Tired of having your info compromised online? 1Password is the solution


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As many of you are by now probably aware, LinkedIn was recently hacked, adding another notch in hackers’ belts globally.

The chances are extremely high that yours is among the more than 6 million LinkedIn passwords that were posted online by the Russian hacker who accomplished the feat.

In an effort to mitigate damages, LinkedIn, and a number of different online advocacy groups, have urged LinkedIn users to immediately changes their passwords.

If you haven’t yet, WTF are you waiting for?

But rather than simply use one of your standard passwords (birthday, wife’s name, favorite team, abcd1234, etc.) users are encouraged to utilize password protection and generation services like 1Password, which afford greater security than creating a password yourself.

Most folks use the same passwords over and over again, whenever they create a new online account.

If they don’t use the exact same password, they use some slight variation.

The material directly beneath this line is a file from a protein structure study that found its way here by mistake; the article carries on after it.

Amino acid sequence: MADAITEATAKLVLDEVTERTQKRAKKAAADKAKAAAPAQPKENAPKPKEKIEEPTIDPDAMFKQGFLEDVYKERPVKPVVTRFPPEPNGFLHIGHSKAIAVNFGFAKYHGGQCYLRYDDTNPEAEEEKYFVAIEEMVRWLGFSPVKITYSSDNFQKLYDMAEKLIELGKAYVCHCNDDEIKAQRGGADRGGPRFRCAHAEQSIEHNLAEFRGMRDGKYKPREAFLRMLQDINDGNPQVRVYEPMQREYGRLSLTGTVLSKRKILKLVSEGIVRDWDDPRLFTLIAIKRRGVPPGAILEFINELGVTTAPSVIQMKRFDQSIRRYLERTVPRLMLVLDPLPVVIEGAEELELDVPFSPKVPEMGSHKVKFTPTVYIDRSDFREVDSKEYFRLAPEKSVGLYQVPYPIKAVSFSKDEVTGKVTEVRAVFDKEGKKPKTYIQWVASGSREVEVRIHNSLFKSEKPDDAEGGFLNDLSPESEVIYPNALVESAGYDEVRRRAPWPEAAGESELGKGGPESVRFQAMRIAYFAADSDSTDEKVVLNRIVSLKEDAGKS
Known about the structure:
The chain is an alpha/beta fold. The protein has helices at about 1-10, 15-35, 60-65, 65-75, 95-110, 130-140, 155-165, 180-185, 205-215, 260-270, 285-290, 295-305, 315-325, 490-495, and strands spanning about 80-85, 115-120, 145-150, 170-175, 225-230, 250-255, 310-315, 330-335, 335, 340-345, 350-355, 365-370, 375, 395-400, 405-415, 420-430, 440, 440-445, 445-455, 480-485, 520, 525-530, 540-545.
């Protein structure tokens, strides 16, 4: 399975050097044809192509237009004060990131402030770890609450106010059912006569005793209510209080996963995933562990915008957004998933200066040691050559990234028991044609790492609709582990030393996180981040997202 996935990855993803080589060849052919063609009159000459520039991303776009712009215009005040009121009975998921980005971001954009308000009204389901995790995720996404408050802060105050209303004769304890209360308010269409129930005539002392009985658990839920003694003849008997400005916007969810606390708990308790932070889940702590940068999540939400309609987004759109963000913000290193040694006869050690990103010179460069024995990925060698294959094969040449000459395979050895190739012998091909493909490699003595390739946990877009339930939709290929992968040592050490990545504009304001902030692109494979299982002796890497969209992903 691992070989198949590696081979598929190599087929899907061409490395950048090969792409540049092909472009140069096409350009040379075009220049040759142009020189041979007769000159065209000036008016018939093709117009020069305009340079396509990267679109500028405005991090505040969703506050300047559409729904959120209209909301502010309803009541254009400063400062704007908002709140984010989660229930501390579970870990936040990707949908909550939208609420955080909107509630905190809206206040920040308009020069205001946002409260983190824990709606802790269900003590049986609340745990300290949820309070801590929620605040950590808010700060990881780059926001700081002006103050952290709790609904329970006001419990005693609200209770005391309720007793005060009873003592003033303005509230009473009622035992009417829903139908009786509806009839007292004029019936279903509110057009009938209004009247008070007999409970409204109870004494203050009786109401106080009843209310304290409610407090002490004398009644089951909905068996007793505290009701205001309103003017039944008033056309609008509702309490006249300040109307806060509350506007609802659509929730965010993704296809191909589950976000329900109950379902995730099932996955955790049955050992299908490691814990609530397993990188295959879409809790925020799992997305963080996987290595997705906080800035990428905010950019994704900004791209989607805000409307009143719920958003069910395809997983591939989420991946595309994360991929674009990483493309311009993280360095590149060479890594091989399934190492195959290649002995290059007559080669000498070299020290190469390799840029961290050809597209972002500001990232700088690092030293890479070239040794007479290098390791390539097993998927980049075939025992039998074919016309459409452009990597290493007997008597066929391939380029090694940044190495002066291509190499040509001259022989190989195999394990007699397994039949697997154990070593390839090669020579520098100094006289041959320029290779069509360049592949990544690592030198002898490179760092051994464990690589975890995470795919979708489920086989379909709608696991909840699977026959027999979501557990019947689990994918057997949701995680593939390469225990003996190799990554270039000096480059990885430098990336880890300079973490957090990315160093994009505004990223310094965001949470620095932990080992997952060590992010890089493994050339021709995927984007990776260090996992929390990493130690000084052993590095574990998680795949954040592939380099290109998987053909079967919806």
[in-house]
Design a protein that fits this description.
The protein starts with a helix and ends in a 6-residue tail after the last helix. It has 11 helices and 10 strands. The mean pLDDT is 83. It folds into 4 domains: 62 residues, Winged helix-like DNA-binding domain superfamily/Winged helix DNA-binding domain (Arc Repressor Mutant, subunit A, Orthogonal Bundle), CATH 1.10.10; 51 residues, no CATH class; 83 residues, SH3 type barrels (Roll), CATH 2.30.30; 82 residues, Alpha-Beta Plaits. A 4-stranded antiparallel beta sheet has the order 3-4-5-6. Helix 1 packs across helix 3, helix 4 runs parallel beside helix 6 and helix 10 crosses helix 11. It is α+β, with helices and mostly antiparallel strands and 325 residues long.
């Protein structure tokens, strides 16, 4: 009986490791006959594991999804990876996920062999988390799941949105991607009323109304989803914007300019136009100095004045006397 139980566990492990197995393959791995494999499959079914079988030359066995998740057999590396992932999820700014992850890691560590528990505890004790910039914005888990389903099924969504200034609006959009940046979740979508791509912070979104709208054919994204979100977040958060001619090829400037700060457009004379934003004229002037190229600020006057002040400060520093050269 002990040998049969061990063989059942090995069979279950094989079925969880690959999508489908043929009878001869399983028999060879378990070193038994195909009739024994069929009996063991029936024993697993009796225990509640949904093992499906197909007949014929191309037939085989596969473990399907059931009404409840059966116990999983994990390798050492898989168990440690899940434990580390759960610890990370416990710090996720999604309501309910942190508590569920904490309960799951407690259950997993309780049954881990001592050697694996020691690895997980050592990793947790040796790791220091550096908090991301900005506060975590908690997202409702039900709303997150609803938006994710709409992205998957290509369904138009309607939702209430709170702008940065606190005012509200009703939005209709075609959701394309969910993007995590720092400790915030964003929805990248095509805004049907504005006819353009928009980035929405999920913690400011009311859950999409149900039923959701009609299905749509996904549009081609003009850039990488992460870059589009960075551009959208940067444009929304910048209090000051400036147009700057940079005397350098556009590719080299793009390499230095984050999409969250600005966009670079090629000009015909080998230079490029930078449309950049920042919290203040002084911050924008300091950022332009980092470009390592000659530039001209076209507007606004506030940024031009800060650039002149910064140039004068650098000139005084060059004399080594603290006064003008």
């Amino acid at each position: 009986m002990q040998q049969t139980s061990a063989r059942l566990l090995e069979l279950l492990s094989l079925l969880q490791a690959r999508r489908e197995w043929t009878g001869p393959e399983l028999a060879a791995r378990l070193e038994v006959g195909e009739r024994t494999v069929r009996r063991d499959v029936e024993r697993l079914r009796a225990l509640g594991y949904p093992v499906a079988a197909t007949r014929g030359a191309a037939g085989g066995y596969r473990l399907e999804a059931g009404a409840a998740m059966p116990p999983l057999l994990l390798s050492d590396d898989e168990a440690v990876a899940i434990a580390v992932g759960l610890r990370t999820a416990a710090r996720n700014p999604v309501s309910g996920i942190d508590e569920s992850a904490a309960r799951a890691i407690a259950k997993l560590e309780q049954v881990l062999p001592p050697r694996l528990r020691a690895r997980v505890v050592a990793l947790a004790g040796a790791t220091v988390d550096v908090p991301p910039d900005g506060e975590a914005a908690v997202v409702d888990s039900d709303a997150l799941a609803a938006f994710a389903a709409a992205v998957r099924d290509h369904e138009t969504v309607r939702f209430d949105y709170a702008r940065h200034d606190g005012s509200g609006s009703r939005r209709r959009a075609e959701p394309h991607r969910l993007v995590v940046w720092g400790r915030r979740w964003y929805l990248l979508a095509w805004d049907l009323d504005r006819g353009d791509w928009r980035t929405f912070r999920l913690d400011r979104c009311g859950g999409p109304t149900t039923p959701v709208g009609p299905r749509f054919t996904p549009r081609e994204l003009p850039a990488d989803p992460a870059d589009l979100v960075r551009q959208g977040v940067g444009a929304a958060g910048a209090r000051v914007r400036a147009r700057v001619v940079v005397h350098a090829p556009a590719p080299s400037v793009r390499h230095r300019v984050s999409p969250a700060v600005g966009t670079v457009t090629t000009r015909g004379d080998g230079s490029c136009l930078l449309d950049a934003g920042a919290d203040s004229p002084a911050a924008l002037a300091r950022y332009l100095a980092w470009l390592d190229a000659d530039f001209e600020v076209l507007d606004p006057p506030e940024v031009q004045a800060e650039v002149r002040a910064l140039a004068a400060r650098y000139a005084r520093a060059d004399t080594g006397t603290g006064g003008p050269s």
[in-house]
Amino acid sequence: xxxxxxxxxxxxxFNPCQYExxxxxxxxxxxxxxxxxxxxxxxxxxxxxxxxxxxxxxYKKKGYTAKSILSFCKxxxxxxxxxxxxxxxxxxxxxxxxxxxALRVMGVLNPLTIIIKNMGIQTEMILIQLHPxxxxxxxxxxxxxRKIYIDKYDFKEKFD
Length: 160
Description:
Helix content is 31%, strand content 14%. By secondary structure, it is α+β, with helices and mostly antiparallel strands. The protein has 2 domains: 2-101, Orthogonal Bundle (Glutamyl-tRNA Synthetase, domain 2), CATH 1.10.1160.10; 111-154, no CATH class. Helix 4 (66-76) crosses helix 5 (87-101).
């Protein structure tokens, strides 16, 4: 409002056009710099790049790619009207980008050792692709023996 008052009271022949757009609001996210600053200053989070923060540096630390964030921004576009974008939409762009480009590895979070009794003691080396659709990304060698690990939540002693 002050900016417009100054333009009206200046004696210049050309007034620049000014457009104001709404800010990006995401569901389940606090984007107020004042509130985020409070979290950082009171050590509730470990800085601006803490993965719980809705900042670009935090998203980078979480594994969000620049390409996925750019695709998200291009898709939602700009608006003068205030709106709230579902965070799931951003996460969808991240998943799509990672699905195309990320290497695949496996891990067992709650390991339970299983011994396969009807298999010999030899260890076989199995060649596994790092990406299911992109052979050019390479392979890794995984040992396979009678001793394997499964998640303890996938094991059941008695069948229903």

But the reality is that most people don’t really employ the type of password generation and variation strategy online, that would keep any of the sensitive data we routinely share online, particularly secure.

I’ve been using 1Password for a minute now, and I was pleasantly surprised to see it offered as a viable solution to LinkedIn’s present crisis.

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If you’re unfamiliar with 1Password, it’s a service that allows you to store all of your online passwords and accounts in a secure environment.

It also generates unique complex passwords, that are difficult to crack.

But what I’ve found particularly appealing about 1Password, is the fact that it synchronizes between your devices, allowing you the flexibility to access all your accounts and associated passwords from the convenience of your desktop, mobile or tablet device.

I don’t count myself among those whose passwords were compromised, but if you weren’t like me and find yourself racking your brain for a unique password, I suggest you take 1Password for a spin.

And “No” I don’t work for 1Password, nor am I being paid to endorse them.

But if anyone from 1Password catches wind of this, feel free to break a brotha off!

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